Select Committee on Treasury Minutes of Evidence

Memorandum submitted by Bridget Rosewell, Volterra Consulting


  The Bank suggests that the consumer is becoming more optimistic again, after a weak first half to 2005. A better autumn for consumer spending as a whole was not mirrored in retail sales which saw the worst performance for twenty years. A recovery over Christmas has been followed by a poor January.

  Although the consumer may not be entirely miserable, neither he nor she is feeling particularly optimistic. Both rising petrol prices and rising tax rates, as the Bank points out, have reduced spending power, while savings rates have picked up. Whether this is to do with higher interest rates or warnings about pensions is a moot point.

  Even to achieve historic average growth in 2006 is close to optimistic.


  It is perhaps surprising that the Bank is so puzzled about the failure of investment to pick up. Lower long term rates are from one perspective merely compounding the difficulties faced by their pension funds. As rates fall the deficit gets still larger and annuity rates more scary. No wonder there is nothing left for investment in new value added.

  This is a very serious problem. Low rates are inflating existing assets and deterring the creation of new ones. Though borrowing is easy, money is chasing the safe thing and making it less attractive. Returns on commercial property are now down to 5%, in spite of the illiquidity and lumpiness of these investments. But they are seen as safe havens in a world which lacks them.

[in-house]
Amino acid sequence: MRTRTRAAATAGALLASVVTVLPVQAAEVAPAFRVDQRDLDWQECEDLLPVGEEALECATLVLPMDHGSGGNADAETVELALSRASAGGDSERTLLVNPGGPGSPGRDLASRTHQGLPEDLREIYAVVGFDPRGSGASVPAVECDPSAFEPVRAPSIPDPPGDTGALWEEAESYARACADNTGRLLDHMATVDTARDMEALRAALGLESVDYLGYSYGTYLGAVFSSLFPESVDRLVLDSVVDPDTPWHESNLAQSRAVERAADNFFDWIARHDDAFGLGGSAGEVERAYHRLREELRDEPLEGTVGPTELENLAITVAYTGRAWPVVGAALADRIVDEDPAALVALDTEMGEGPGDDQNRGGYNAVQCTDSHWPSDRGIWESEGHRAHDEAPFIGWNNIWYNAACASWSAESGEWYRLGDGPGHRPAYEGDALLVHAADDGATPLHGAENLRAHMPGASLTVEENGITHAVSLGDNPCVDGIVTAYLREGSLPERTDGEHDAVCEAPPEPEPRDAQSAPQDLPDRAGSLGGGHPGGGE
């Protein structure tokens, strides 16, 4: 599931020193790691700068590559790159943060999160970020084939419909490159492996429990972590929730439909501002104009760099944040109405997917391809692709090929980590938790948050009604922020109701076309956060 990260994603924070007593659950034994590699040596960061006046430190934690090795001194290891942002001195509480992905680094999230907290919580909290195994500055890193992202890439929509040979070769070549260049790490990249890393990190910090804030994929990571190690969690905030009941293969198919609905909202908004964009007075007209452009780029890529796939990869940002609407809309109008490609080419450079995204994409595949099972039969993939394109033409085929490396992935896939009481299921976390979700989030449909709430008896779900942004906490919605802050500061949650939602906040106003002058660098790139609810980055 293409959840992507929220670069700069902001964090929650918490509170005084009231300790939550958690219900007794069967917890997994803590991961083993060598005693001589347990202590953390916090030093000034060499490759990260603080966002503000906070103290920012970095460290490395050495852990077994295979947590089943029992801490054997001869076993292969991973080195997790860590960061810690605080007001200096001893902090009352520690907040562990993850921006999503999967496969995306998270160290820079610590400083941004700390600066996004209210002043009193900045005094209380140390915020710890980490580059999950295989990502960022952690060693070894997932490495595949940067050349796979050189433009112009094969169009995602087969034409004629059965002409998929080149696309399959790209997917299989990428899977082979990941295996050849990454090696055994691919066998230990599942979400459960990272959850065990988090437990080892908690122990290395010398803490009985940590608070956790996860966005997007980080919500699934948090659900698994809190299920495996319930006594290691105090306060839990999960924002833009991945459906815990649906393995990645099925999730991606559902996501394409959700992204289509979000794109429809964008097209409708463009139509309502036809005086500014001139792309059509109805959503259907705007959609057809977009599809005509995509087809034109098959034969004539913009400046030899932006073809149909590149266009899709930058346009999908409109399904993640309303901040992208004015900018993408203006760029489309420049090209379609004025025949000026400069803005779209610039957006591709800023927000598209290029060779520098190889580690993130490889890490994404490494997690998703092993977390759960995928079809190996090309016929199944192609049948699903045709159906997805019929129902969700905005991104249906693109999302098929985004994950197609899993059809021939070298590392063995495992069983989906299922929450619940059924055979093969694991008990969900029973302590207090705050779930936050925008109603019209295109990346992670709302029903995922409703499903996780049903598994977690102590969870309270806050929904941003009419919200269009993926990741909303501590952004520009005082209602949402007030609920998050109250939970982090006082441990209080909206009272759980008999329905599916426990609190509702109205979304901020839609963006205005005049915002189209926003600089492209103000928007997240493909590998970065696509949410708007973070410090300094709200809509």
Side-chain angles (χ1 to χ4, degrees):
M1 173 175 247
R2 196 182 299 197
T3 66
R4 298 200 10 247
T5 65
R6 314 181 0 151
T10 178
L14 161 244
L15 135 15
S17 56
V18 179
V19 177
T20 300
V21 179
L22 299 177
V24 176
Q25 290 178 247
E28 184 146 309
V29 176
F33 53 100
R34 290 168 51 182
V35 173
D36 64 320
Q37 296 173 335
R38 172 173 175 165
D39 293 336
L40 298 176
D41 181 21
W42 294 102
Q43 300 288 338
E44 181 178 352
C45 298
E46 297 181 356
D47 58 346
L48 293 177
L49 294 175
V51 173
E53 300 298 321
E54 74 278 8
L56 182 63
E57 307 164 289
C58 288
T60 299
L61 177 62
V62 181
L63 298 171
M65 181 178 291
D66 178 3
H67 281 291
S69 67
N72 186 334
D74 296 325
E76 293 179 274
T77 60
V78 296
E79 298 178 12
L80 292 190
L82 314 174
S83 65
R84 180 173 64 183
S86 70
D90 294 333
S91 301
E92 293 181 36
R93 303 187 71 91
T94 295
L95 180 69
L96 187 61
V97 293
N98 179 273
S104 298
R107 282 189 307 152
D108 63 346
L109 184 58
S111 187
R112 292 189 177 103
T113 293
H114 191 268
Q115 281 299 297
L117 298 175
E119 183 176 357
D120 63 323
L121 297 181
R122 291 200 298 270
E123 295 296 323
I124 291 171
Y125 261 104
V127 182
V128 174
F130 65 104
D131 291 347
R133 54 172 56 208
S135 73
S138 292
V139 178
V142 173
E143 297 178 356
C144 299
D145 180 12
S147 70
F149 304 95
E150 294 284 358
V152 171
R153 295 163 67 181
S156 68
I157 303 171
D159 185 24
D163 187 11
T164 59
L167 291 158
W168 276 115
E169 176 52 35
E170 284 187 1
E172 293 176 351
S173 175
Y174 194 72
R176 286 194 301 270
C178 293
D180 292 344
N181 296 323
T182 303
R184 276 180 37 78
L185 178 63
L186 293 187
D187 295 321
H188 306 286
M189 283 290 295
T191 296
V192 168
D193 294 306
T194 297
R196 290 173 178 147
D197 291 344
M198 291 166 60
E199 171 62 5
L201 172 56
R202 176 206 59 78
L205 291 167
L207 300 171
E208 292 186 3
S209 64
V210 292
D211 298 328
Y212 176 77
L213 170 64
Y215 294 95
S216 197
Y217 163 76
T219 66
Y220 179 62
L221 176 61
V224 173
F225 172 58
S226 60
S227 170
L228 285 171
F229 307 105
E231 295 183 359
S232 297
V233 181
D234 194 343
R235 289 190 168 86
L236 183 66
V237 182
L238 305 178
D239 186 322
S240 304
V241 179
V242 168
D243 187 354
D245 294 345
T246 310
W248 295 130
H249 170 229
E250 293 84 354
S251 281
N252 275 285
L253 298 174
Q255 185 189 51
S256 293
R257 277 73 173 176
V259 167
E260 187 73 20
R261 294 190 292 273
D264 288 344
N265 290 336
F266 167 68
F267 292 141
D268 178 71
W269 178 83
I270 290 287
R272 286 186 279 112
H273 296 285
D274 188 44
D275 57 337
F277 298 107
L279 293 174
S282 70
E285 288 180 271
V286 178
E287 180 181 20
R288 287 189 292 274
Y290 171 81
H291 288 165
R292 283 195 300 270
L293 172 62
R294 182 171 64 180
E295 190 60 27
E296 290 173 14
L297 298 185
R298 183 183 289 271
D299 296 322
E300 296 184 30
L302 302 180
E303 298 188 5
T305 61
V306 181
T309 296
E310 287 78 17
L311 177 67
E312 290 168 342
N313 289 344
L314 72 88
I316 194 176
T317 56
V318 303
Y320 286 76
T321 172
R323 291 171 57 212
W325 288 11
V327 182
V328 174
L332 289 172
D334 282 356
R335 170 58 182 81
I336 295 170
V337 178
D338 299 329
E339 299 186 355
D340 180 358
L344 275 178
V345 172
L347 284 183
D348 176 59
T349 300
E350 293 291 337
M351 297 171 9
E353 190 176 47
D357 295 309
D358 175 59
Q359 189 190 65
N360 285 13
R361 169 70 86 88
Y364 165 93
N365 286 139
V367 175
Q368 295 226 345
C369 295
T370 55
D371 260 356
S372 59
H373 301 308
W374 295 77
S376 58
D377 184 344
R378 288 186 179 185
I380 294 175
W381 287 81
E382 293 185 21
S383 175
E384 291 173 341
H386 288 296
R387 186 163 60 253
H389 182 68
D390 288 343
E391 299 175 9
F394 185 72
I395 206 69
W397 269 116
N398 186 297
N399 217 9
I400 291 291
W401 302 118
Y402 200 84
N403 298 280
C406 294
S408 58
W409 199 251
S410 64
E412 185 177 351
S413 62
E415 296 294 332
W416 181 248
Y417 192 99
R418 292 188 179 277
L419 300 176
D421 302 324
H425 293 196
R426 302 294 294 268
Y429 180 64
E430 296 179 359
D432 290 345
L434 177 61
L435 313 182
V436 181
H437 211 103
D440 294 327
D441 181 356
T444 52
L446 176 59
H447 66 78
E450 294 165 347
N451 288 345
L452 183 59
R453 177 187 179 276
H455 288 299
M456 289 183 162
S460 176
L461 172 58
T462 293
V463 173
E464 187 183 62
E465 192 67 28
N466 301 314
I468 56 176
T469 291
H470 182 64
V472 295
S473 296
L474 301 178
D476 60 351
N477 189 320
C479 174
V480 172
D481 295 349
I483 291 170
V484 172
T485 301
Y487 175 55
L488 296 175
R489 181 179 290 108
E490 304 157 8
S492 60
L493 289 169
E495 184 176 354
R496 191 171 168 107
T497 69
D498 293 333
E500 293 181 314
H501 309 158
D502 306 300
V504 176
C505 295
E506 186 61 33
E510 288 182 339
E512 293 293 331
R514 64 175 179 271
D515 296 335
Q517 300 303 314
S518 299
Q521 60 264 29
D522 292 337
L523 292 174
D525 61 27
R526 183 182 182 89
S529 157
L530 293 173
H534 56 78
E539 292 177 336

The Bank is right to be worried about this. It should also be using its clout and understanding of money markets to educate the pensions regulator who seems bent on making things worse.


  Households are much more affected by petrol than gas prices. The chart below shows the proportion of household incomes that go on these. The gap is closest in London but that is largely because there is less use of petrol. Thus the big impact on households which might increase wage pressure has probably already happened—at least so long as the view that the big rises in oil prices has already happened.

  For businesses, however, the picture may well be different. Many businesses are only now beginning to feel the pinch of new fuel contracts. Retailers in particular are seeing increasing property costs across the board and will find it increasingly difficult not to raise prices.

  It seems increasingly less likely that the Bank will be willing to cut rates in the face of reasonable growth, low long term rates, and cost pressures.

February 2006

previous page contents

House of Commons home page Parliament home page House of Lords home page search page enquiries index

© Parliamentary copyright 2006
Prepared 15 May 2006